A 46,000-year-old Aboriginal site was destroyed to expand an iron ore mine owned by the Rio Tinto Group, the third largest mining company in the world, authorized to detonate the cave in the Juukan Gorge.
The Anglo-Australian multinational that deals with research, extraction and processing of mineral resources has destroyed a site that Aborigines have considered sacred for countless generations. Situated in the Juukan gorge, the cave no longer exists. Consent to this operation has unfortunately been given due to aboriginal laws drawn up in 1972, which in fact did not protect sites such as this one, instead favouring mining lobbies.
The cave at Hammersley Ranges (about 60 km from Mount Tom Price) is one of the oldest in the western region of Pilbara and the only internal site in Australia to show signs of continuous human occupation during the last ice age. Some time ago it was discovered that the site was more than twice as large as previously thought and full of artifacts, including sacred objects. Among these precious remains, 4,000 year old human hair samples were also found, they belonged to the aboriginal Puutu Kunti Kurrama and Pinikura people, who still live in the area today.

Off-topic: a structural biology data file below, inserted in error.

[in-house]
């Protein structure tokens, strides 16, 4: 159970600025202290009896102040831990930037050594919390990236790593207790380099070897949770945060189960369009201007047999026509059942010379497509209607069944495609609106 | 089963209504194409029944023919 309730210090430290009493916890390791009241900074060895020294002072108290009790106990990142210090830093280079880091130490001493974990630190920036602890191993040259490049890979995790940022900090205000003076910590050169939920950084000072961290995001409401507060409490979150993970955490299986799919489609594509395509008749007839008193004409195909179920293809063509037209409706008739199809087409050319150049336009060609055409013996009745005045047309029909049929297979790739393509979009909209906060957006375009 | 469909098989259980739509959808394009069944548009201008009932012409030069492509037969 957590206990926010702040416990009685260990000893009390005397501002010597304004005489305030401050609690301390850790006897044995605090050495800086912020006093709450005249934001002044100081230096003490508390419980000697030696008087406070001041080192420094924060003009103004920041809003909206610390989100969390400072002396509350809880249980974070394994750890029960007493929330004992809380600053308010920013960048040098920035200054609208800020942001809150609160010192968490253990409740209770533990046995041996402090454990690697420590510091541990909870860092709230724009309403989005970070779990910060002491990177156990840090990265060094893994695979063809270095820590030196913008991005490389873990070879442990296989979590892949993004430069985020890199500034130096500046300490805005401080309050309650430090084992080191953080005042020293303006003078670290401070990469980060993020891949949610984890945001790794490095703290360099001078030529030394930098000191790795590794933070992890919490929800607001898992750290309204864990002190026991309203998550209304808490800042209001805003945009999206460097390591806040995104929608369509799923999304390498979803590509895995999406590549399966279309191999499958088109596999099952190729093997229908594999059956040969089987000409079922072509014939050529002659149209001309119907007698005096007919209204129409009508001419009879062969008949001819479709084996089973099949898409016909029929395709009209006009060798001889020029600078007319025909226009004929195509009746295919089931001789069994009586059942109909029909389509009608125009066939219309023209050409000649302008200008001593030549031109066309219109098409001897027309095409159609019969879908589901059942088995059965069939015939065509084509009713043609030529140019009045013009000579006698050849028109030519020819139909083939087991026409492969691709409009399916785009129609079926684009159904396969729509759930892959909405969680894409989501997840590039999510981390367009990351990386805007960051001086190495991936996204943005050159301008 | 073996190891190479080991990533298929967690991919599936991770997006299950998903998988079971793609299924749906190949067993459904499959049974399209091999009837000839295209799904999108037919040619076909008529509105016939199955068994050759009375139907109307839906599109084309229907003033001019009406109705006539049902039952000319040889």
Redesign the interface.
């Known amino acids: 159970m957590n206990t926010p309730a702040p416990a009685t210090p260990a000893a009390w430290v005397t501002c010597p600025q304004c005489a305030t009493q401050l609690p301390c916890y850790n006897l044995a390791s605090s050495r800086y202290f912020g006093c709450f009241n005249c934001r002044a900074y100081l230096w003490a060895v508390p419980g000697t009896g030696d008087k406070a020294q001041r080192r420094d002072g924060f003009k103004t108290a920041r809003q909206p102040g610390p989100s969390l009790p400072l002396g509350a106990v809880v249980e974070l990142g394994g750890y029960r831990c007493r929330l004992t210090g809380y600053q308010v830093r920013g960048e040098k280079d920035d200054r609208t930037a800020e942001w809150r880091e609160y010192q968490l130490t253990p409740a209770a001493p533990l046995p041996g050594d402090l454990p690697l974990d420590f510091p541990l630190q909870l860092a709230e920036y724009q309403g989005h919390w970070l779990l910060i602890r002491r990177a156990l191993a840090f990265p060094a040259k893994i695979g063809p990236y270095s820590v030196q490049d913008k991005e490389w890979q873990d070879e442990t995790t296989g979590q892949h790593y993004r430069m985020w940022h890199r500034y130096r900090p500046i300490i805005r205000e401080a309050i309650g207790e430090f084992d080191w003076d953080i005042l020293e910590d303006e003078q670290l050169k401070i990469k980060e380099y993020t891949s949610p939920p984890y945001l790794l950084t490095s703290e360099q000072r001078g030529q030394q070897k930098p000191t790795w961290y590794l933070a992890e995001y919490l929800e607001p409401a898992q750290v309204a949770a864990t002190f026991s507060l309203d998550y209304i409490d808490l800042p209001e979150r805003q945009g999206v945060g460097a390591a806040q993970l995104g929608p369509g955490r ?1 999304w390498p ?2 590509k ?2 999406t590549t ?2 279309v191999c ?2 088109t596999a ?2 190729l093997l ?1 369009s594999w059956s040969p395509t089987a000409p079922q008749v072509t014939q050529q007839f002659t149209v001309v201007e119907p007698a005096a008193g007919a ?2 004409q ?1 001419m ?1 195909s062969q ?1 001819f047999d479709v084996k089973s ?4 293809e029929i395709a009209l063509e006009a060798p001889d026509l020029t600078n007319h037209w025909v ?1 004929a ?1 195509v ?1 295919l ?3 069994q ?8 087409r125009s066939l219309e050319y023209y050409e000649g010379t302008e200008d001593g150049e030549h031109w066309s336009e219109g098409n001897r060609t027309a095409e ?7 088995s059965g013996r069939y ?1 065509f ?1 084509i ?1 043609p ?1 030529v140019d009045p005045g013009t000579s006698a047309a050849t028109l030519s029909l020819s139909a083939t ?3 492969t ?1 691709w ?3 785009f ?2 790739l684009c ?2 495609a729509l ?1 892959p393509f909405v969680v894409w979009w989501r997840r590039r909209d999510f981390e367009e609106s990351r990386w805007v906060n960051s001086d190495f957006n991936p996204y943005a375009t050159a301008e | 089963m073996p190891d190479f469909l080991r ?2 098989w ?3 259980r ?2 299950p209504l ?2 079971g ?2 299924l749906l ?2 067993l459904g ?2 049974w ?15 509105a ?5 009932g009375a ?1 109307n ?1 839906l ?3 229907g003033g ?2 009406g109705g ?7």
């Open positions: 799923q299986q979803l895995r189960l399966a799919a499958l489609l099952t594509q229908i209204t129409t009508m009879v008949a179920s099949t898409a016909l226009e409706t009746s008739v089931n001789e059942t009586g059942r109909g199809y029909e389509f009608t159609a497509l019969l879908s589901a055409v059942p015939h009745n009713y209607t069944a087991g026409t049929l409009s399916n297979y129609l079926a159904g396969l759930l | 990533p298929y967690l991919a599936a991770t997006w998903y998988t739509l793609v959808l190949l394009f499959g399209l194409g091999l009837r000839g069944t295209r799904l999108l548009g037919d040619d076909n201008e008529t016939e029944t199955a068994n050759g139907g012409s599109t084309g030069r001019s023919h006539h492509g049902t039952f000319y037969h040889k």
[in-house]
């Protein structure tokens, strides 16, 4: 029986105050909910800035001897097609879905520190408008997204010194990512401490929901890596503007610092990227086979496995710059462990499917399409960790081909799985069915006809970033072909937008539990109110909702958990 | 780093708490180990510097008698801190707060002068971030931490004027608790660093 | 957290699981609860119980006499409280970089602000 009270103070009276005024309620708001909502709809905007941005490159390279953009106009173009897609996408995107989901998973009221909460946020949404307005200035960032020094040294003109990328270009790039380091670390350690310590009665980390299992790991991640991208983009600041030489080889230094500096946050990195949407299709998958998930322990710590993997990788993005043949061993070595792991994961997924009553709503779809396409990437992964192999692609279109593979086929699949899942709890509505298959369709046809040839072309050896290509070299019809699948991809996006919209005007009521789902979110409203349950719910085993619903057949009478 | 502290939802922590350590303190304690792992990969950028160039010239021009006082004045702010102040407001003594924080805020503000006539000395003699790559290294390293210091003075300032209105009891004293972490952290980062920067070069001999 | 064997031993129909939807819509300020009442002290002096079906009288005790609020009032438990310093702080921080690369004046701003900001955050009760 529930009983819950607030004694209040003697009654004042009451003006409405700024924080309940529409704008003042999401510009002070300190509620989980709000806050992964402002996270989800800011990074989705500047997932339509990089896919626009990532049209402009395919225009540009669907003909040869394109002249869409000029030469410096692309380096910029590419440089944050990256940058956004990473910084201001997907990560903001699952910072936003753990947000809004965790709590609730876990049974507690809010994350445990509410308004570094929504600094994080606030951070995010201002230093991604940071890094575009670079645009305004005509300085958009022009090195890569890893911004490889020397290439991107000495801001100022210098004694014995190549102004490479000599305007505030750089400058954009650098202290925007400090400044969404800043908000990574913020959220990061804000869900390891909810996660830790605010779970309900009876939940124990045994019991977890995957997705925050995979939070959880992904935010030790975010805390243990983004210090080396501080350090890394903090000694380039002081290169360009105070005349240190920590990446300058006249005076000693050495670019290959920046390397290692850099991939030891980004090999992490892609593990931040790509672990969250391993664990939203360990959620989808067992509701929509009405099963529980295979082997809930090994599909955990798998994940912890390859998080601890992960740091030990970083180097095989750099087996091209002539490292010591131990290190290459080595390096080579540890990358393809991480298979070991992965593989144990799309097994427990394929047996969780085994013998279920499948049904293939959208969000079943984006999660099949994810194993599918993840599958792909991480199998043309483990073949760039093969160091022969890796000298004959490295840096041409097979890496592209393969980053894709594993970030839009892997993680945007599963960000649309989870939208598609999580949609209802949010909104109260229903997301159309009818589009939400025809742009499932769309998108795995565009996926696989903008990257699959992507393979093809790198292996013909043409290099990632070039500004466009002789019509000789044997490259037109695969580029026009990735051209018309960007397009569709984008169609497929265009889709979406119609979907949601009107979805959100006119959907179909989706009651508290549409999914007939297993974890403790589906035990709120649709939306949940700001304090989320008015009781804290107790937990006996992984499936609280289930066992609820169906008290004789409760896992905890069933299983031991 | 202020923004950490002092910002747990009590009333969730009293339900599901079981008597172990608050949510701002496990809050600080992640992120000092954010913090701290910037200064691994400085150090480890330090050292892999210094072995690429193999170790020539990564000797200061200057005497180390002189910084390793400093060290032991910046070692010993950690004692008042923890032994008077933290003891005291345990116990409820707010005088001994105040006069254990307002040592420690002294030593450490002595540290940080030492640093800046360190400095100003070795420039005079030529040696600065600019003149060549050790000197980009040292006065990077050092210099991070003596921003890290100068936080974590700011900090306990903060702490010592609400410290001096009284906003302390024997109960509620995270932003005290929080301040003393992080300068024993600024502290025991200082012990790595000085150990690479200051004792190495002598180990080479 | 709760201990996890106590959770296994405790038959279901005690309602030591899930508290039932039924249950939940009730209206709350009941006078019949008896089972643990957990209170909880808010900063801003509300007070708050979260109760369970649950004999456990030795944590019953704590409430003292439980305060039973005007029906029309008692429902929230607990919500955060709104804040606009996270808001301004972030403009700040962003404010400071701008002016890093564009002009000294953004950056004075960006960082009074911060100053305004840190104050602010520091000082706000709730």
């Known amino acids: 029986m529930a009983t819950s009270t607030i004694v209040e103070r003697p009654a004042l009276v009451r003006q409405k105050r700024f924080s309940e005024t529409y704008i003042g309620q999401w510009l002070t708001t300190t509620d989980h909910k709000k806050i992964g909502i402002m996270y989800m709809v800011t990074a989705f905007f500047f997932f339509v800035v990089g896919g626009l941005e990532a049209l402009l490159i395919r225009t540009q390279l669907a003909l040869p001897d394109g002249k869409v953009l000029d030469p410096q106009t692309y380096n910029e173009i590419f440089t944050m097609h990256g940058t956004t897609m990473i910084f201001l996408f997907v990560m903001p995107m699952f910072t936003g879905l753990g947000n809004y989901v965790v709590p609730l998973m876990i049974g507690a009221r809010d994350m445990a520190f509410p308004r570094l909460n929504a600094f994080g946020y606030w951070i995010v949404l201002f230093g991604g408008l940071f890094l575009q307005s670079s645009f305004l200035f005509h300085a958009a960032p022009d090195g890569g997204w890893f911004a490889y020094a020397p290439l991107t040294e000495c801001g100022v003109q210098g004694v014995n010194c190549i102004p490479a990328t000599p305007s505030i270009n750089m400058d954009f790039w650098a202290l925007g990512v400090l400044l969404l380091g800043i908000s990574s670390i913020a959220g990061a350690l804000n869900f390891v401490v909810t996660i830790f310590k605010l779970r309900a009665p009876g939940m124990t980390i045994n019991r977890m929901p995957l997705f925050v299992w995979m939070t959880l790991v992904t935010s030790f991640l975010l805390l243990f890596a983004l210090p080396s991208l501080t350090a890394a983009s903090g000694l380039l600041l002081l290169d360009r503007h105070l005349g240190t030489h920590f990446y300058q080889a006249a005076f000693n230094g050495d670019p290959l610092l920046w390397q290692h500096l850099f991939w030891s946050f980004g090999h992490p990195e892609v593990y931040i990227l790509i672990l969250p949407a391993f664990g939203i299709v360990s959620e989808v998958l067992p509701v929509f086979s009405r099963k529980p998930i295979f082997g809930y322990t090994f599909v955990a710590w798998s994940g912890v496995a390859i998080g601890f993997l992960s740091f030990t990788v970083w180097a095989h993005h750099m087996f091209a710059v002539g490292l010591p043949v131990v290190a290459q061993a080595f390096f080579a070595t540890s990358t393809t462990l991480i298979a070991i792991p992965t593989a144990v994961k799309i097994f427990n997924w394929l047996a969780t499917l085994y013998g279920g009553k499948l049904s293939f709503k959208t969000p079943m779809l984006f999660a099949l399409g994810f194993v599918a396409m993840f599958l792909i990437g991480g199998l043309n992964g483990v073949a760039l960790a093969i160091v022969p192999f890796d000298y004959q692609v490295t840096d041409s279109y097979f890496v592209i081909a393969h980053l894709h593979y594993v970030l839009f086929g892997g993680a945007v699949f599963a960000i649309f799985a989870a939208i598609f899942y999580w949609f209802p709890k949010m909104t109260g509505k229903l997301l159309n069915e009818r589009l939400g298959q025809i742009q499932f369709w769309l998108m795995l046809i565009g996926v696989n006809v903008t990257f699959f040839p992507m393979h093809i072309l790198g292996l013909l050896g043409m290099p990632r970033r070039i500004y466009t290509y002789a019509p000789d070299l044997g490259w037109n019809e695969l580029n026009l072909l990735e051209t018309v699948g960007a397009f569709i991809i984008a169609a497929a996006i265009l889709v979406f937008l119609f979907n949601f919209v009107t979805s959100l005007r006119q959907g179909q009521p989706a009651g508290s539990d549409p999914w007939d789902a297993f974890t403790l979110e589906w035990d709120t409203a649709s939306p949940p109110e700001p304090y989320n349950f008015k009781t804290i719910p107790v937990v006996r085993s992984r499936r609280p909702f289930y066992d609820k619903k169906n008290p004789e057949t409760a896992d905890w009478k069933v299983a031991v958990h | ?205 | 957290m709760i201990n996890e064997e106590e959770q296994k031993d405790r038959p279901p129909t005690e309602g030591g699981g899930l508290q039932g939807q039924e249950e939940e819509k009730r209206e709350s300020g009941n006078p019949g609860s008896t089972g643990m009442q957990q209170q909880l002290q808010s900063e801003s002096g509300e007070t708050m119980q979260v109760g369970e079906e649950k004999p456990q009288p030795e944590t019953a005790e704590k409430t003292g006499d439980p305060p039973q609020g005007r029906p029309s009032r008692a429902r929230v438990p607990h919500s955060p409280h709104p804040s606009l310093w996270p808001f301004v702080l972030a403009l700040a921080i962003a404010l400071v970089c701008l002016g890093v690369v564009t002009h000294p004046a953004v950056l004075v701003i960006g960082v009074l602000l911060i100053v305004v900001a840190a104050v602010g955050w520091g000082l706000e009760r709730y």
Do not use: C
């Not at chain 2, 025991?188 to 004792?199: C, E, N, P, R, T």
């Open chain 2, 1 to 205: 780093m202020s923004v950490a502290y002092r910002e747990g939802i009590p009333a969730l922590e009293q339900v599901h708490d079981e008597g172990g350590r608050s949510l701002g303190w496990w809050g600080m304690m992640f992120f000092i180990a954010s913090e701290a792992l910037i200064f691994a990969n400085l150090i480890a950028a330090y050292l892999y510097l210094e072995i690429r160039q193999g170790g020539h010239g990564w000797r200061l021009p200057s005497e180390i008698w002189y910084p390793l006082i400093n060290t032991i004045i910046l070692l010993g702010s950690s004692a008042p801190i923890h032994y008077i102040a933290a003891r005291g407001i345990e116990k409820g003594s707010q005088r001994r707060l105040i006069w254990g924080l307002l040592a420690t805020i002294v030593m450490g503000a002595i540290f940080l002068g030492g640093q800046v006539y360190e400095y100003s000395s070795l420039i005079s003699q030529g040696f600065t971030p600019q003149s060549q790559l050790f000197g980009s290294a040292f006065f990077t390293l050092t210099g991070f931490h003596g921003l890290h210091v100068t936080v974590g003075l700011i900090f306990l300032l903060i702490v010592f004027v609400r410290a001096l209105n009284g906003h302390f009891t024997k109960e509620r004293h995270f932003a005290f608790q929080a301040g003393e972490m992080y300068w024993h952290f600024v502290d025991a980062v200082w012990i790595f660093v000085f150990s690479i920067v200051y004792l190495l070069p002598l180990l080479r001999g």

Unfortunately, the obsolete Aboriginal heritage law does not allow to renegotiate consent on the basis of new information. So despite regular meetings with Rio Tinto, the Aboriginal society “Puutu Kunti Kurrama and Pinikura” (PKKP) has not been able to stop the explosion. “It’s one of the most sacred sites in the Pilbara region … we wanted to have that area protected,” said PKKP director Burchall Hayes.
“It is precious to have something like that plaited hair, found on our country, and then have further testing link it back to the Kurrama people. It’s something to be proud of, but it’s also sad. Its resting place for 4,000 years is no longer there.”
In 2012 there had been an attempt to revise the Aboriginal Heritage Act. The bill proposed by the former liberal government in 2014 was, however, rejected. Rewriting of the act was listed as a priority for Labor before the election victory in 2017, and Aboriginal affairs minister Ben Wyatt pushed back the final consultation on his bill until the end of the last year due to the coronavirus pandemic.
The new legislation will provide options to appeal or modify agreements that in fact do not protect Aboriginal heritage sites today. In the meantime, the cave is no longer there, even if the Rio Tinto Group spokesman claims that there was collaboration with the people Puutu Kunti Kurrama and Pinikura. A strange collaboration, considering that there were more than 7 thousand sacred and historical artifacts in that cave.
Source: The Guardian